3.1 As we confront the emerging realities of climate change, urban migration, and escalating world population, it is critical that design becomes more efficient than ever before. Given the inevitability of human and technological development, a preservationist desire to freeze time – or to replicate or mimic what once was – is no longer useful. Simply mimicking natural form can limit potential design outcomes, disguising an essentially conventional architecture as something more sophisticated. If it is to create, rather than freeze frame, the contemporary sustainability discourse must evolve beyond conservation, beyond superficial, isolated, symbolic interventions. Projects such as Scapes’ Oystertecture suggest design now has the potential to integrate with, and respond to, natural phenomena, simultaneously allowing for urban environments that can ‘reveal natural cycles’9 and break down urban opposition to natural systems. We encourage wariness: we must be quick to question weakness in design that conflates various agendas into a single simplistic answer.
3.2 The integration of technologies with living systems could facilitate the creation of landscapes that go far beyond the mimicry of natural form but which assume the character of natural processes, enabling the creation of self-generating landscapes that have the ability to grow, repair, decay and multiply, responding to a multitude of forces. Rachel Armstrong argues that prophylactic construction measures ‘could generate innovative construction techniques that produce buildings that can respond in real time to more subtle environmental changes so that buildings are constantly adapted to their surroundings.’10 Furthermore, Magnus Larsson suggests that the creation of dynamic architecture (through the manipulation of cellular crystal arrangements) can generate adaptive and programmable forms. These new architectural forms avoid the necessity of resource-hungry building methods and materials. By contrast, these forms become a dynamic entity within the urban landscape, steering established conventions and modes of thinking in a new direction.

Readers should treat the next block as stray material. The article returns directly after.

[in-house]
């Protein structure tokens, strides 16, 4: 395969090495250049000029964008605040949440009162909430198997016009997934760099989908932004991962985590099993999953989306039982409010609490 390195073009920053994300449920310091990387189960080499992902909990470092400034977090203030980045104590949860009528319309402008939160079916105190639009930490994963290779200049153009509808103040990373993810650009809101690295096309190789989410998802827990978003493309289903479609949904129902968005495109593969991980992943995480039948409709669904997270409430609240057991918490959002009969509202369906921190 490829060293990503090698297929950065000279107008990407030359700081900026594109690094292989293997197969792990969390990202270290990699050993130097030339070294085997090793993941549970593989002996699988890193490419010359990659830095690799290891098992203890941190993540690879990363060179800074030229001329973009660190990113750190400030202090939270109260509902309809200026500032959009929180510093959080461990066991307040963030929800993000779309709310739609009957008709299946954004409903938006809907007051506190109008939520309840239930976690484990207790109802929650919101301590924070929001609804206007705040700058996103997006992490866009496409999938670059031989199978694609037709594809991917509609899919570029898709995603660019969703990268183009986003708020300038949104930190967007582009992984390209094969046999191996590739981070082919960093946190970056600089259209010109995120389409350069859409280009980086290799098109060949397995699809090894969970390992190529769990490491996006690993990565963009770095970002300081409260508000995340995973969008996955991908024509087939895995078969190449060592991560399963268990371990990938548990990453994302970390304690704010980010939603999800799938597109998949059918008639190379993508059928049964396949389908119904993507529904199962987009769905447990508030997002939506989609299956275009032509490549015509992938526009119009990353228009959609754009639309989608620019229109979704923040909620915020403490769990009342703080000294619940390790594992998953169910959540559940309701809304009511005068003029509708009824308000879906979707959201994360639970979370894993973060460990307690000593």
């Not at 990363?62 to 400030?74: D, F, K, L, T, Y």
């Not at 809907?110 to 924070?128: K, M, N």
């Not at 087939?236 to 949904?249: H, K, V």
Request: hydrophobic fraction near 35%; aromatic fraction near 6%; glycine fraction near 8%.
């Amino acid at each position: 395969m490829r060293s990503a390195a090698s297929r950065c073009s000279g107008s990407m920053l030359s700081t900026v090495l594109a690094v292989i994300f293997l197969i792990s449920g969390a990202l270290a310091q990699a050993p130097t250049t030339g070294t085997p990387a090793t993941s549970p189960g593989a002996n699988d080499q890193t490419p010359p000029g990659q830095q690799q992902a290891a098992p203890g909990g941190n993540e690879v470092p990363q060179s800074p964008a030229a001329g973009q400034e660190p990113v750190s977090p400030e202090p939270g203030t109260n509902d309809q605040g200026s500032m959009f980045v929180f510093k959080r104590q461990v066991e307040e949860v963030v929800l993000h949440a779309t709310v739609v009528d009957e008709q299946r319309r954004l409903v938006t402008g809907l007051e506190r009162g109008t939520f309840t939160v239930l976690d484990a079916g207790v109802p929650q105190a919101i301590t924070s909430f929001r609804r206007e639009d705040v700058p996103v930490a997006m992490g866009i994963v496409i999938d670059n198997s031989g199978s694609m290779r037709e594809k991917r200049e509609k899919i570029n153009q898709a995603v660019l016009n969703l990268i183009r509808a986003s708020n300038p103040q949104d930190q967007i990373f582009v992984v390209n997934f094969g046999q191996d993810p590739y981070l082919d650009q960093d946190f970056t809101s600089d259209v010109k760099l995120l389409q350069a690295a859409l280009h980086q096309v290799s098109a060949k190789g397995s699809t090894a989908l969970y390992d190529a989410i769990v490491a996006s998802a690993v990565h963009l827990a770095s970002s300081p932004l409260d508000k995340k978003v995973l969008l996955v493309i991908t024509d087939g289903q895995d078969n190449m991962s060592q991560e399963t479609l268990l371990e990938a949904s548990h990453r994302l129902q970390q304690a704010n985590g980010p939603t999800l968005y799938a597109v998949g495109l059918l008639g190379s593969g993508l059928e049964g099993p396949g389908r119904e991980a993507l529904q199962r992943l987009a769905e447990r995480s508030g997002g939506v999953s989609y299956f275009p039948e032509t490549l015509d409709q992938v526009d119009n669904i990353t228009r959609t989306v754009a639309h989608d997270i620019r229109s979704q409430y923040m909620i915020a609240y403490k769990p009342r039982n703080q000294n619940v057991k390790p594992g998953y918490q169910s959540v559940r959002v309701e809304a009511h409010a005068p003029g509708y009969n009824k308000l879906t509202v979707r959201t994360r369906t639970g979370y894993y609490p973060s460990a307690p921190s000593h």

3.3 A merely pragmatic, singular approach to design disregards other concerns equally essential to human culture, such as the experiential and the imaginative. It is crucial that sustainable design evolves beyond functionalism to promote a heightened understanding and experience of these ecologies. Immersive, aesthetic experiences act to encourage an increased awareness and respect for the broader environment. Landscape production does not need to be limited by topography and vegetation: it can include less tangible, atmospheric elements.
For example, Paisajes Emergentes aim to amplify experience and ‘make visible the process of what’s happening’, engaging people at various levels with infrastructures such as renewable energy systems. Such projects combine narrative with the design process to invent new stories which shift our relationship with our broader context.
The following pages include a collection of broad, intersecting ideas accumulated in our search for new approaches to landscape. This collection demonstrates the importance of the role of landscape architecture in physicalising a change in our association with nature. The ideas we present are occasionally, and deliberately, contradictory but these projects may be useful guides for navigating new, post-evolutionary territories of design.
In our own exploration of them, we have found that they do not fit neatly into categories - we are content with this expansiveness. This far-seeking exuberance demonstrates the complexity, breadth and generosity of our theme for this edition of Kerb. However, in order to unravel the content we have constructed a series of curated chapters – NeoNatures, Beyond and Synthesis – each of which stems from ideas advanced in this Manifestorial.
By considering new paradigms, we have the opportunity to acknowledge the limitations of our current trajectory and encourage a new approach to practice. Of course, there is no one answer. But the collection of articles and ideas we have presented is unified by an insistent desire to establish new, considered interrelationships with the natural world. This edition hopes to inspire design practice which works towards a methodology of porosity, integrity of intent, spontaneity and responsiveness. We are accountable for fashioning modes of production founded on acceptance of our role and place within the grander scale of things.
‘Manifestorial’ – The cross-breed of an editorial and manifesto. ↩
A Drengson, ‘Shifting Paradigms: From Technocrat to Planetary Person’. Anthropology of Conscience, 22(1), pp. 9-32, 2011. ↩
SR Kellert and EO Wilson, The Biophilia Hypothesis. Washington DC: Island Press, 2000. ↩
J Pallasmaa ‘Natural Artifice’ presentation, AIA Conference ‘Natural Artifice,’ Melbourne, Saturday 16th April 2011. ↩
K Orff, ‘Beyond Landscape’, Volume Magazine, 1, pp. 58-9, 2005. ↩
D Gissen, ‘Subnature’. Princeton Architectural Press, New York, 2009. ↩
F Roche. Email to Sci-Arc Staff, 13 March 2011, Accessed 13 May 2011: http://www.new-territories.com/sci%20arc%20cancel.htm ↩
P Schumacher, ‘Parametricism – A New Global Style for Architecture and Urban Design’ AD Architectural Design - Digital Cities, (79), No 4, July/August 2009. ↩
EK Meyer, ‘Sustaining Beauty. The Performance of Appearance: A Manifesto’. Accessed 1 May 2011: http://www.arch.virginia.edu/lunch/print/territory/sustaining.html ↩
R Armstrong, Architectural synthetic ecologies and remedial environmental interventions, Kerb (19), pp. 86-91, 2011. ↩